The Roberts Court has once again twisted the Constitution to benefit the wealthy and powerful while leaving ordinary Americans with a diminished voice. Like in Citizens United v. FEC, which prohibited legislatures from limiting corporate spending to influence elections, the Court’s majority has strayed from the text and history of the Constitution in order to prevent citizens from maintaining control over our democracy. The Roberts Court would do well to remember that the Constitution was written to protect democracy for all people, not just the rich and powerful. Today it has ruled not only that the wealthy have a right to spend more but that they have a right that everyone else spend less.
King & Spalding, the top-tier law firm hired by the House of Representatives to defend the Defense of Marriage Act (DOMA), has backed out of the agreement. Although a statement on behalf of the firm declined to specify exactly why they changed their minds and are no longer interested in a cool $500,000 of taxpayer money, Speaker Boehner will likely have to explain to the American people why he is once again leading the effort to enforce an unjust, discriminatory and now unpopular law instead of leading the effort to repeal it.
As PFAW’s Marge Baker told Roll Call last week, Americans might wonder why House Republicans wish to focus government resources on denying equal rights to gay and lesbian citizens rather than on creating jobs.
Whatever the motivation behind King & Spalding’s decision, the firm has at least provided the House with yet another opportunity to change course and do the right thing.
A diverse coalition of twenty six progressive groups, including People For the American Way and African American Ministers In Action, signed on to a letter to Congress standing up for Planned Parenthood against right-wing attacks originating from the radical anti-choice group Live Action. Politico reports:
Liberal groups are banding together to come to the defense of Planned Parenthood in the wake of the recent controversy over videos taped inside the clinics. Conservative groups say that the films provide more than enough evidence for Congress to immediately de-fund the women’s health centers.
“We realized very quickly we needed to get together and stand up against the right wing smear machine and make a strong statement in solidarity with an important organization,” said Marge Baker, Executive Vice President for People for the American Way, another progressive group that signed onto the letter. “The bigger picture is too important- that’s why you see such a range of organizations on this letter.”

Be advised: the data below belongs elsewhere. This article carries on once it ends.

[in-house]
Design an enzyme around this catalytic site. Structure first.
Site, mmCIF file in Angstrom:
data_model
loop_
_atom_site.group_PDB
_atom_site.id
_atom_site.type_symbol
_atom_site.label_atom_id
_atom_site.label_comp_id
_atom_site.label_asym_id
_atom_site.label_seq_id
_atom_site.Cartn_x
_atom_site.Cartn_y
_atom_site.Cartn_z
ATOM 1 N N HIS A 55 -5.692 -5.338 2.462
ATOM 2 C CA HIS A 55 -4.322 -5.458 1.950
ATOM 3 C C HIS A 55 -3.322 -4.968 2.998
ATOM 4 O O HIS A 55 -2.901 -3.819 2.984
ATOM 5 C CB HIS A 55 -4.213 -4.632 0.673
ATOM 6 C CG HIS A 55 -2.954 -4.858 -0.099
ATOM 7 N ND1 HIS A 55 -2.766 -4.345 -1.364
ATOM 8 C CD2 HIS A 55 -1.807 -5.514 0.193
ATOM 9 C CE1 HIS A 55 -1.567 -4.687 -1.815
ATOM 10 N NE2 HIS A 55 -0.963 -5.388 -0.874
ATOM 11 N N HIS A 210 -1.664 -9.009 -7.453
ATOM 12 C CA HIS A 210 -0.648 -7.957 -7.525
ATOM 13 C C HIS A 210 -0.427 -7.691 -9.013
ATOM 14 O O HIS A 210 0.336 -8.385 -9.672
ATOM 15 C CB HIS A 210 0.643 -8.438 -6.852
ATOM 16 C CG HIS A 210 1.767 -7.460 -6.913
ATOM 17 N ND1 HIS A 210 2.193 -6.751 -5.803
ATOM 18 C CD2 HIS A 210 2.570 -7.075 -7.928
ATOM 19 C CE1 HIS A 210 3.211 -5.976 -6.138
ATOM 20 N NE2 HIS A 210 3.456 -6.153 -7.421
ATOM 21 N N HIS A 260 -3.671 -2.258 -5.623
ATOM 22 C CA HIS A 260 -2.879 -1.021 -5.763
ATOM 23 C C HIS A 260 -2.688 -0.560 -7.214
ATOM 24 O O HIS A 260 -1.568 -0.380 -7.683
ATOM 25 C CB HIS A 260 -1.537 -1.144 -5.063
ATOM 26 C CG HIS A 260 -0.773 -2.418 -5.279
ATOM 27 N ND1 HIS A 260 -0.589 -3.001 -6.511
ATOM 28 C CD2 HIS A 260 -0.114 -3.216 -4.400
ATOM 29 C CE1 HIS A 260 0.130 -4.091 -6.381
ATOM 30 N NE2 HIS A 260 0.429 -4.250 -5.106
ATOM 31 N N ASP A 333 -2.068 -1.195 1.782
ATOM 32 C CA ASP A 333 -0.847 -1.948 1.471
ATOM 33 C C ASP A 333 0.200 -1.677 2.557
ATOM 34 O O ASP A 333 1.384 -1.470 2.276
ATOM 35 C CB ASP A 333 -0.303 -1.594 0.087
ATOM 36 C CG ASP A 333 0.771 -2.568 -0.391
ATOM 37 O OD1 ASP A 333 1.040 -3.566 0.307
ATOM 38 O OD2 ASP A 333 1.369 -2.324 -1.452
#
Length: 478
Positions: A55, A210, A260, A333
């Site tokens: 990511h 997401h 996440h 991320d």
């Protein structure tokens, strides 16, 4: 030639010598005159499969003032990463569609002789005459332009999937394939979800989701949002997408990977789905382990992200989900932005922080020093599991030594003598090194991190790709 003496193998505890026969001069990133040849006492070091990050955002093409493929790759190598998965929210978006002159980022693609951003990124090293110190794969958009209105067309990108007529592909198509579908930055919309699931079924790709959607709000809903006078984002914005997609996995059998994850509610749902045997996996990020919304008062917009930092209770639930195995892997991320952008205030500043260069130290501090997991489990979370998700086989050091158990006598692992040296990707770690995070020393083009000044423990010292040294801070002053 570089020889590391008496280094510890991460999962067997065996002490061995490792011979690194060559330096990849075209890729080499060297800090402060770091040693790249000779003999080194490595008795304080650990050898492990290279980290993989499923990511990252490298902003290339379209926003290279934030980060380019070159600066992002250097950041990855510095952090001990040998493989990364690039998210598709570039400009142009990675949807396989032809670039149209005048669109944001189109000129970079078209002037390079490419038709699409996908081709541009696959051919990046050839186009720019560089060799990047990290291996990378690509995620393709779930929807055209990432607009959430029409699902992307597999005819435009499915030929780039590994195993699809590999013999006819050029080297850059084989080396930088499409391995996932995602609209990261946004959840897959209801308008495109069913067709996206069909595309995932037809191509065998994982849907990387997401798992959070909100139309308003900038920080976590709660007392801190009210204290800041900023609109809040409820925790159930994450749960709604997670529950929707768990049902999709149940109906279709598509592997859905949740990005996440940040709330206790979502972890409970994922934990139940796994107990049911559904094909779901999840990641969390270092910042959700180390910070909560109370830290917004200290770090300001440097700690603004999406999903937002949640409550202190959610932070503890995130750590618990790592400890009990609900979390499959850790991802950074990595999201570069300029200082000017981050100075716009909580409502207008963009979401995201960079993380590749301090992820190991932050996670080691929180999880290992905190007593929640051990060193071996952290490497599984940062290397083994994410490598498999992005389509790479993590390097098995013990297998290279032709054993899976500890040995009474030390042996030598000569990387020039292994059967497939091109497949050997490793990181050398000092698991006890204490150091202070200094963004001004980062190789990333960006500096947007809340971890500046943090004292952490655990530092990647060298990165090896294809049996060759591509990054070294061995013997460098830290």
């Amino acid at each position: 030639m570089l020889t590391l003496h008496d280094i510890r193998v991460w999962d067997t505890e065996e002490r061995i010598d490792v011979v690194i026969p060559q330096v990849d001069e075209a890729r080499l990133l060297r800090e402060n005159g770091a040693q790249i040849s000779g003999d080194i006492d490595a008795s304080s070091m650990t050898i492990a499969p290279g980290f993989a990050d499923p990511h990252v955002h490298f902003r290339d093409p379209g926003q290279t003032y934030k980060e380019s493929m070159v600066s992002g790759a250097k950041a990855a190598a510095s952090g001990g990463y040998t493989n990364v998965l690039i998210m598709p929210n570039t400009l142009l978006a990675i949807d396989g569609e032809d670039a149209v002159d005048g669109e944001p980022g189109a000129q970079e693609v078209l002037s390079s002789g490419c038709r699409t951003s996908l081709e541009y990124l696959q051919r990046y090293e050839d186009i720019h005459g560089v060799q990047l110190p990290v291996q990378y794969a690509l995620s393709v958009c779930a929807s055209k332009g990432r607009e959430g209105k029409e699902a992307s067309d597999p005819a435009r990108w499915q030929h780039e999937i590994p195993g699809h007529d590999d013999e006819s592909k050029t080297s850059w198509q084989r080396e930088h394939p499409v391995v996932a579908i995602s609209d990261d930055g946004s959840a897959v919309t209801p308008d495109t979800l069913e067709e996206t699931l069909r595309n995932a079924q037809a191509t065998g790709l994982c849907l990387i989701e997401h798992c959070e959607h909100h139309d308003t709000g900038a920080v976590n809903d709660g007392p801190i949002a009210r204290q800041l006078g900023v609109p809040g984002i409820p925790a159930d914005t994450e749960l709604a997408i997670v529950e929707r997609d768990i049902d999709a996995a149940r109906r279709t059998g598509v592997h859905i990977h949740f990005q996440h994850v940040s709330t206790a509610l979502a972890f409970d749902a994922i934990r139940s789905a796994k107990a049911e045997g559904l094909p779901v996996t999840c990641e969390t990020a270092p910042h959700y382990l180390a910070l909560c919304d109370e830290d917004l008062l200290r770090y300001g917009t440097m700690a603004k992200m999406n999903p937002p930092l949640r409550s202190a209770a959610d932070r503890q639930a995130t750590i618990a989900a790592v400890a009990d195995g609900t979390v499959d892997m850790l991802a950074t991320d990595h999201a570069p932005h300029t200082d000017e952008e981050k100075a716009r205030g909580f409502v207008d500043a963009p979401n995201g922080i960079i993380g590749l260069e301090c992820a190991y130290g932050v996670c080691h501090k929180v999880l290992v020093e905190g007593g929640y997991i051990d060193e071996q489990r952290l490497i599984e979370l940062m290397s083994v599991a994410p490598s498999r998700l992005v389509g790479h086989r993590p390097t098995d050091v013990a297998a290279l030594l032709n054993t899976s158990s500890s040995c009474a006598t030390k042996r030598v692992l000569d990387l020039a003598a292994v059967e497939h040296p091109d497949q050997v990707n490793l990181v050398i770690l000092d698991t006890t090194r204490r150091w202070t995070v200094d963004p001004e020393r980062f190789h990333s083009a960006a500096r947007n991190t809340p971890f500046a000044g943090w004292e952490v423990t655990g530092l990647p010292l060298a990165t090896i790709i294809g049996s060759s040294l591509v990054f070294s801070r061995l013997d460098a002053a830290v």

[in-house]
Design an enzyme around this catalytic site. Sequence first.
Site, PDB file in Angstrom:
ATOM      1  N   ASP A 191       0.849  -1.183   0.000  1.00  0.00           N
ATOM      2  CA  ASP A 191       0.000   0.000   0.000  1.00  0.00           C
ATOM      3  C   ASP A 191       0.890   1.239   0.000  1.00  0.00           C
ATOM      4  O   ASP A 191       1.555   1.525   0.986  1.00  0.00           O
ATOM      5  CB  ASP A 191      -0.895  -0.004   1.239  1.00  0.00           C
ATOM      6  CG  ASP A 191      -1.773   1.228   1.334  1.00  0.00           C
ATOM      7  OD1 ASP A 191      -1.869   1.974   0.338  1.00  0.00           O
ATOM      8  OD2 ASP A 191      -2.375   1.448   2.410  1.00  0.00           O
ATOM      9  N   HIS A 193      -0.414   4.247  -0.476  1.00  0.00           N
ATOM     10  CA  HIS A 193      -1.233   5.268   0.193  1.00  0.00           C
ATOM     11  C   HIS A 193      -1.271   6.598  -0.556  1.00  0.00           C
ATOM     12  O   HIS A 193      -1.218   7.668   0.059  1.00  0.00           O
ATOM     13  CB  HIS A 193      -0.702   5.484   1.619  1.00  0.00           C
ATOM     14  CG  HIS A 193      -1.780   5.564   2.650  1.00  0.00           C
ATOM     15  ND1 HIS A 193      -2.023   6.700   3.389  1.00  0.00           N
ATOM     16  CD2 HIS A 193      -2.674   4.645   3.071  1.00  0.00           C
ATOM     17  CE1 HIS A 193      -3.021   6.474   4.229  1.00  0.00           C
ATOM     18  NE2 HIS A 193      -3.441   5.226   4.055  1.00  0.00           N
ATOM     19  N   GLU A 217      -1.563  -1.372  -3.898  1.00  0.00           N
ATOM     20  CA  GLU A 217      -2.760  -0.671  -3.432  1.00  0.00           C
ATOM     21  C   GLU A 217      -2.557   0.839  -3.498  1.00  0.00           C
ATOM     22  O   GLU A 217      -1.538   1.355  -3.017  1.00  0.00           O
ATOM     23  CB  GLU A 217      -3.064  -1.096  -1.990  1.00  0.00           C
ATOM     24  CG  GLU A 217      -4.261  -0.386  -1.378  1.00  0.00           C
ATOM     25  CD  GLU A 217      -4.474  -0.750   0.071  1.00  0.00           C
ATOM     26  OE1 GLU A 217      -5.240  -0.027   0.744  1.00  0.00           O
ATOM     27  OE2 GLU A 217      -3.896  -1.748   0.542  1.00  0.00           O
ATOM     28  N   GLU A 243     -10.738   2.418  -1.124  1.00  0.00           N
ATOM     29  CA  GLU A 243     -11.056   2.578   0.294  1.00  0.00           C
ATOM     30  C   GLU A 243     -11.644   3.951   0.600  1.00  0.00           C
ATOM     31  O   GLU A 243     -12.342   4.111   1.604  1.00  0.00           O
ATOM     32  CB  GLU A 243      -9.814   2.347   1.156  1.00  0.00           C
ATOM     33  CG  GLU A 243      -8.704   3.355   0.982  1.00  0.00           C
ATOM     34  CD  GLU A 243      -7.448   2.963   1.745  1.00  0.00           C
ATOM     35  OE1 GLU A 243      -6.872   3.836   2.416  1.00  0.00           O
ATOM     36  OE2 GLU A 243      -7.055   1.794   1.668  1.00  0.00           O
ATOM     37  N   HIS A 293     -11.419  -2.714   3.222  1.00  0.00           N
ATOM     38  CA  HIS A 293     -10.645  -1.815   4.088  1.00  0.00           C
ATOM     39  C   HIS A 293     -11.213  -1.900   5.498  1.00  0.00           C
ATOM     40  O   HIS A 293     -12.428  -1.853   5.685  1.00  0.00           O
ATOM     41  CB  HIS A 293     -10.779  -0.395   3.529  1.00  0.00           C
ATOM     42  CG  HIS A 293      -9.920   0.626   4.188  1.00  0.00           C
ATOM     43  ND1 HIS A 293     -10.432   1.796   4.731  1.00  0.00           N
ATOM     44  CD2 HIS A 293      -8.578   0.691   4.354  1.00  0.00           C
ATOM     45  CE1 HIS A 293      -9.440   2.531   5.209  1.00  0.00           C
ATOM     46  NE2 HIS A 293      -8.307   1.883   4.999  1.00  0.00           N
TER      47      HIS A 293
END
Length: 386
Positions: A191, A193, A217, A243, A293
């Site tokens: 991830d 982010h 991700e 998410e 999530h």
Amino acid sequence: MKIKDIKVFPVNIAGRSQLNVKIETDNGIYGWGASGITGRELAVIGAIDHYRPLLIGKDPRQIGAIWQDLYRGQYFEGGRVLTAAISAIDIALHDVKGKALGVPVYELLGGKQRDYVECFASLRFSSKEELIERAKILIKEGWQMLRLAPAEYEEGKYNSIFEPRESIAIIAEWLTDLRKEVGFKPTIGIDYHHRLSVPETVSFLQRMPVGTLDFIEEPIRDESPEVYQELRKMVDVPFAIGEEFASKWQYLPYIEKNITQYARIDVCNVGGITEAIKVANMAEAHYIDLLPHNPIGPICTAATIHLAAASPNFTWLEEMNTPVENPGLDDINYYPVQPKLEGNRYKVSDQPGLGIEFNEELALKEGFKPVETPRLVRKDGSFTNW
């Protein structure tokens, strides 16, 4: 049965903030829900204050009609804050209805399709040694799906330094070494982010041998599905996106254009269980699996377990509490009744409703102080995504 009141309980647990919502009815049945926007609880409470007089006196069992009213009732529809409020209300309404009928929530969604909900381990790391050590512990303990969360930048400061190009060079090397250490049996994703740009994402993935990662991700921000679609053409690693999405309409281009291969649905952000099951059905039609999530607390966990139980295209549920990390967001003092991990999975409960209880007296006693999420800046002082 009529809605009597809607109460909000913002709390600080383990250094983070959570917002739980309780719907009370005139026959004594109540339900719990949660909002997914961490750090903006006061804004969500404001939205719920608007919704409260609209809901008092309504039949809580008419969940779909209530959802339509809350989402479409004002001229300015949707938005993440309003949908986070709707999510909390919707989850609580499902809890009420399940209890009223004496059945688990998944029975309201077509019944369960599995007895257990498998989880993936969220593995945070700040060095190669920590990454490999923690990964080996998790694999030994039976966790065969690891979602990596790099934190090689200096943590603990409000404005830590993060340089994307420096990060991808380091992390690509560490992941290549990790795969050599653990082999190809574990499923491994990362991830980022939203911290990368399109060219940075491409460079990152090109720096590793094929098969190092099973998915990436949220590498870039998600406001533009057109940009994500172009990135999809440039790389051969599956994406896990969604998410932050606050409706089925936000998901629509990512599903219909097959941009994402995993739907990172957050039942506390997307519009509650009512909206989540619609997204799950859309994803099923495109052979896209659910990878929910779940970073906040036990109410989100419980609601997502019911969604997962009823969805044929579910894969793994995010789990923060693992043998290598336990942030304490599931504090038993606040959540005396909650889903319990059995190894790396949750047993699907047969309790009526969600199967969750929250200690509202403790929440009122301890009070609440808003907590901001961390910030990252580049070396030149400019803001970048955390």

Read the letter below:
Dear Members of Congress,
Right-wing groups are once again attempting to destroy an organization dedicated to providing crucial primary care services to Americans that need them most. Armed with heavily edited videos, countless lies, and a shameless echo chamber that repeats unfounded accusations ad nauseam, they’ve now turned their sights to Planned Parenthood, which offers a range of important health and reproductive services that help both women and men prevent unintended pregnancies and provide screenings for cervical and other cancers.
We are writing to inform you that our organizations stand united in opposition to any effort to defund Planned Parenthood.
These attacks are not about the issue of choice. Instead they are designed to systematically vilify and destroy institutions dedicated to helping America’s most vulnerable citizens with "evidence" that does not support their claims. They're about disempowering those who don’t share their world view. And they're about intimidating those in desperate need of help.
Your constituents sent you to Washington to be a strong advocate for their interests and stand up for the quintessential American values of justice and fairness -- and this latest digital witch hunt is neither just nor fair.
Julian Bond, Board Chairman Emeritus, NAACP
African American Ministers in Action
Alliance for Justice
Center for Community Change
Center for Media & Democracy
Feminist Majority Foundation
Friends of the Earth
Media Matters Action Network
MoveOn.org Political Action
NARAL Pro-Choice America
National People's Action
People For the American Way
Service Employees International Union
Voices for Progress
This morning, a group of allied organizations held a rally at the Capitol to mark the first anniversary of the Supreme Court’s Citizens United decision. At the rally, People For the American Way and others delivered over 750,000 petitions calling for a constitutional amendment to reverse Citizens United to members of Rep. Donna Edwards’ staff. Rep. Edwards introduced a constitutional amendment in the House last year, and has been a strong supporter of efforts to reverse the decision.
Representatives from People For, Public Citizen, Move to Amend, Free Speech For People, and MoveOn deliver 750,000 petitions to members of Rep. Donna Edwards’ staff:
People For’s Marge Baker speaks to the crowd:
Protesters put a “for sale” sign on the Capitol:
A protester contests the notion of corporate personhood:
The Senate is scheduled to take its first votes of the lame duck session this Wednesday. Number 2 on the list – the Paycheck Fairness Act! They’ll consider what’s called a “motion to proceed.” Overcoming this procedural hurdle would allow the bill itself to come to the floor.
In addition to our recent fact sheet, PFAW has just sent its letter to the Senate urging the bill’s passage.
November 15, 2010
United States Senate
Washington, DC 20510